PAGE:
Emiliana reports organic sales up despite global pandemic

 The global pandemic is focusing consumers’ minds on organic production and sustainability, according to Chile’s Viñedos Emiliana, one of the world’s largest producer of organic wines, which is set to release three more wines onto the international market in 2021.

Speaking to the drinks business in an exclusive interview recently, Noelia Orts, the winemaker of Emiliana’s well-known Coyam and Gê wines said while we were living in “terrible times”, some interesting trends had come into focus as a result of the global pandemic.

“Through these terrible times we’re living, people are much more concerned about their health so they are looking for organic products” she explained, pointing to biodynamic and organic brand Coyam, whic saw sales go  up 5% this year.

She admits that the team were “expecting the opposite, that we’d sell less as restaurants are closed and people are not going to drink wine, but people are asking for organic products, so that’s been an advantage for us.2

Another unexpected upside has been the growth in direct-to-consumer sales, and better communications to make up for the absense of face-to-face events.

“DTC is working very well in Chile, we’re having a lot of success with online sales,” she told db. “People are buying online and we’re doing the delivering, it’s going nice. We’re lucky in Chile we drink wine. Also social networks such as Instagram are helping us communicate, we’re doing a better job of communication as we cannot do face-to-face or make people come and see the vineyard and wineries. Through social media  – we are trying to show our knowledge, share what we’re doing, and make people close to us.” she explained.

New Wines

The team are set to release three new wines in the Spring, Orts told db – a Provencal-style elegant premium rosé from a coastal vineyard in Casablanca, a Pinot Noir from Limarí and an “exciting” red blend from Maule, close to Cauquenes, Orts said.

The rosé, which is predominantly Pinot Noir with a bit of Syrah, has a light Provence colour and low alcohol – only 12%, which lots of influence from the Pacific Ocean. “It is good for a wine where you want to preserve its natural acidity and freshness so that’s why we chose a Pinot from that vineyard,” she explained.

The wine has been three years in the making, after Orts experimented with different varieties from different vineyards.

“We were testing different red varieties from different appellation to see where we could make the most elegant, and finesse rosé and in the end it was Casablanca Pinot Noir,” Orts explains. “We tried Garnacha, Mourvedre, but we didn’t get what we were expecting – not because of the variety but because of where they were planted, the climate conditions in the vineyards and it was too high, so it was not as ripe as we expected for rosé ,” she explained.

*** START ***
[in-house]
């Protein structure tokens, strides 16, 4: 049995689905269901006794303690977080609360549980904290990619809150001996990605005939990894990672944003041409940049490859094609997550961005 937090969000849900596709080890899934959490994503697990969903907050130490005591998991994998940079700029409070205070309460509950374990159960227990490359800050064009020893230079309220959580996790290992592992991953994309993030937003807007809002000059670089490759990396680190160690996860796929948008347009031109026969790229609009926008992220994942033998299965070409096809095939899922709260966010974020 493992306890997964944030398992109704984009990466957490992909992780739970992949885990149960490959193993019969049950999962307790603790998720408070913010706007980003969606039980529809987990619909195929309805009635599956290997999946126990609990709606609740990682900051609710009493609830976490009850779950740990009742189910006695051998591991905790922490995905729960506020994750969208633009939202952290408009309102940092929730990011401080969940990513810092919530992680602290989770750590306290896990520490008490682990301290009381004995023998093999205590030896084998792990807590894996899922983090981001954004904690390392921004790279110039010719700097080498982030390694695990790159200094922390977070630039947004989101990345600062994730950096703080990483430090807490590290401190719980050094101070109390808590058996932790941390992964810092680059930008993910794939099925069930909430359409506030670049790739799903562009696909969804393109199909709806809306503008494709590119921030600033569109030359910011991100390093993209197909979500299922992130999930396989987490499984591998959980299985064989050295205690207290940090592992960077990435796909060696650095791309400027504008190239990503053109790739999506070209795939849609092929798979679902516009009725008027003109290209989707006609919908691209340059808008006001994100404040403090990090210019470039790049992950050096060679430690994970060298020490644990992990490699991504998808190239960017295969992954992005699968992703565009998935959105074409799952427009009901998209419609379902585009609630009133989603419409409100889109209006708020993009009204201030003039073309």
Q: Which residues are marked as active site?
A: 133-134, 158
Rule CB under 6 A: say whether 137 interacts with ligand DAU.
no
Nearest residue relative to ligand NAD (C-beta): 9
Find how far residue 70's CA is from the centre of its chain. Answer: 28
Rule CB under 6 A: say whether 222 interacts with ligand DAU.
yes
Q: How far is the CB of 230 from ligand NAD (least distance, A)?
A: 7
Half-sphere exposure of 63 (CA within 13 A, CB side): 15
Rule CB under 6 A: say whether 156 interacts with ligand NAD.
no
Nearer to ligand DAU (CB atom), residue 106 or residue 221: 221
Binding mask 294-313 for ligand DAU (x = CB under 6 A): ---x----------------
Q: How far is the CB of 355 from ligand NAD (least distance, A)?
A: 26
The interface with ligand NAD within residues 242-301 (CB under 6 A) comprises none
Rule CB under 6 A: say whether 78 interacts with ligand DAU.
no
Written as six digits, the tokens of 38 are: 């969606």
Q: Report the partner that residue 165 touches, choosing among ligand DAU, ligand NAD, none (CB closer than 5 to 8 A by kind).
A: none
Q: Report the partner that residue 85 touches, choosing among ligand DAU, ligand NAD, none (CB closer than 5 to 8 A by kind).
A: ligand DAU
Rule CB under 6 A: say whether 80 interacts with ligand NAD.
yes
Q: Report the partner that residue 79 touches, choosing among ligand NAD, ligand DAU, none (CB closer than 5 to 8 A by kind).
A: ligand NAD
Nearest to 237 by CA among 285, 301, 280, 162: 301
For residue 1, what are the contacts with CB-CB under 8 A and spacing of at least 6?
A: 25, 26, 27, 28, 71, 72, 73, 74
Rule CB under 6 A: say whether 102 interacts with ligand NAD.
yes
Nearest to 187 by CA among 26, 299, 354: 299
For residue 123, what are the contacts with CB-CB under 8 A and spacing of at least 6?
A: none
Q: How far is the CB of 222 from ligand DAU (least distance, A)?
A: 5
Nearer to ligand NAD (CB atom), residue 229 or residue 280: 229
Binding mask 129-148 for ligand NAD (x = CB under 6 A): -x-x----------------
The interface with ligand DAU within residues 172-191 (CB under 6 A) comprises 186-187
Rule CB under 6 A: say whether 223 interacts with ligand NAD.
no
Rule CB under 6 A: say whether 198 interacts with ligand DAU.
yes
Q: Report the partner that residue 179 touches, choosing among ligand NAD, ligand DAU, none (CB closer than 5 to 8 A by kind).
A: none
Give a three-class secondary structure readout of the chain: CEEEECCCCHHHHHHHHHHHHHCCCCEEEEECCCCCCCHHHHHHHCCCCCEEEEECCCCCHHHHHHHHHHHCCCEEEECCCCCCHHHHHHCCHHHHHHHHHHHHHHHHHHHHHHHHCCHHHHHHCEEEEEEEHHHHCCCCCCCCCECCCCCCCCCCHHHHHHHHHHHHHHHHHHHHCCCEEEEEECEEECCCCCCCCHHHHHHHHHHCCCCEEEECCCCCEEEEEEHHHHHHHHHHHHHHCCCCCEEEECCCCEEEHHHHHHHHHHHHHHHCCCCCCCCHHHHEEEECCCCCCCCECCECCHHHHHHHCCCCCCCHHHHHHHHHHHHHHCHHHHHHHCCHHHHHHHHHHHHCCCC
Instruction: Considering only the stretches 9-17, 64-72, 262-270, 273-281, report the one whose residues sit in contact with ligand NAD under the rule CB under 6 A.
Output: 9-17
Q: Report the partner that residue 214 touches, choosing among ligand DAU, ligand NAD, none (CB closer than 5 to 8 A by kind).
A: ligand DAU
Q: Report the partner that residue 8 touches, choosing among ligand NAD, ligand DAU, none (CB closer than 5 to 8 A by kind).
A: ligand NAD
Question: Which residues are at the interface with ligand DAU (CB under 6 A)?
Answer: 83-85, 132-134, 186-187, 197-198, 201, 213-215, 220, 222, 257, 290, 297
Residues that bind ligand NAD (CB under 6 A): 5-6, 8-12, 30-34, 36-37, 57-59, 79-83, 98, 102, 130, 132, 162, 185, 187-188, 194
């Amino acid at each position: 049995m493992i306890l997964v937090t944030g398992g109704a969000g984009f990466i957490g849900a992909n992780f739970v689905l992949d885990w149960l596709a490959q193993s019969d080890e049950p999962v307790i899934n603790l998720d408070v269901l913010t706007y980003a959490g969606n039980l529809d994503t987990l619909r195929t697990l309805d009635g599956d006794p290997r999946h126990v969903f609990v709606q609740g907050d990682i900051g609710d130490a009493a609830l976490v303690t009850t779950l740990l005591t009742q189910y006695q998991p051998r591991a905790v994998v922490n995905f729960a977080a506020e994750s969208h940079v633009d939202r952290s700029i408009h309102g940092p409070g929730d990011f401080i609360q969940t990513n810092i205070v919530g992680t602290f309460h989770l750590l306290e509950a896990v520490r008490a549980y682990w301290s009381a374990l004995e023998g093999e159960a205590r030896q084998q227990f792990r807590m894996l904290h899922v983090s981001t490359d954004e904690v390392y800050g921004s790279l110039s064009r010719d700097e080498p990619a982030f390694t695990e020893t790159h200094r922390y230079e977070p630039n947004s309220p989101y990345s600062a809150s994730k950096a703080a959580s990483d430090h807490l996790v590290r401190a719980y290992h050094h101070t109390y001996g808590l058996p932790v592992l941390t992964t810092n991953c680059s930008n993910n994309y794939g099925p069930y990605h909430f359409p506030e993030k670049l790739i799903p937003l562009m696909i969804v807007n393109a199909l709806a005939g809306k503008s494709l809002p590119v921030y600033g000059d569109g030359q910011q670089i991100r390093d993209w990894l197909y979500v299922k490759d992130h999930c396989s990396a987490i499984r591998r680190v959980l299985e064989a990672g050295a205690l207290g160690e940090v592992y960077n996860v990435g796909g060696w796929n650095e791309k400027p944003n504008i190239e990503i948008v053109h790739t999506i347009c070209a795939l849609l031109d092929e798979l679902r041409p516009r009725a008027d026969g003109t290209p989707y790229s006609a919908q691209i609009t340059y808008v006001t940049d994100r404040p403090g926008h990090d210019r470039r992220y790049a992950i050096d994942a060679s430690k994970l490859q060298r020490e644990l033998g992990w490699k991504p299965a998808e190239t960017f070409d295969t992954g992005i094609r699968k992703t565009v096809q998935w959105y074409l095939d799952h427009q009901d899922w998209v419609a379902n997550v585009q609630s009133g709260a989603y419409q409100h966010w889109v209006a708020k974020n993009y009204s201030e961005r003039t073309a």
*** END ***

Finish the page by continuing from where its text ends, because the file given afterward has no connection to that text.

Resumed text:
“We’re having a lot of success with entry level rosé wine especially in northern European countries such as Norway and Denmark. Canada also is asking for our other Pinot Noirs and also England too – we will offer to the markets to see but most will be northern Europe, Canada and the UK,” she said, adding that it will initially target the high-end off-trade as well as talking to specific restaurants.

Although the team has produced a “tiny production” of only 5000L for it’s first year, there is enough Pinot Noir in that valley to scale up production over time, Orts said, adding that “for the moment we wanted to see what the reception of customers is, if they like it.”

Limarí

Pinot Noir is also a focus for the second wine, but this time from Limarí in northern Chile where it grows in limestone soils – one of the few sites in Chile to do so, Orts points out – only 35km from the sea, lending a strong Pacific influence and the typical cloudy mornings. The Pinot Noir is a blend of two clones, 116 and 777, which are farmed biodynamically, before being aged in a mixture of 5000L foudres and barrels, with final aging taking place  in concrete tanks.

“We don’t want to put too much oak because we want to show the limestone soil. It’s all about the terroir – that wine is terroir. It’s very tense and vertical. I was trying this for three years trying to see to get – the first year it had too much structure, then there was too much oak, but it has to be a wine that shows the terroir,” Orts explains.

The final project is a red blend from Maule, close to Cauquenes, which comprises 50% Cabernet Sauvignon, 30% Carignan and 20% Syrah, sourced from long-term certified organic producer. The wine which is aged in old barrels for a year, before being finished in foudres, is “super fruity” Orts says, because of the “exciting” addition of the Carignan.

“It’s not the main fruit in the blend but it makes space in the blend, because it gives you tension, it makes it much more complex – I’m excited with the Carignan,” she notes.

 

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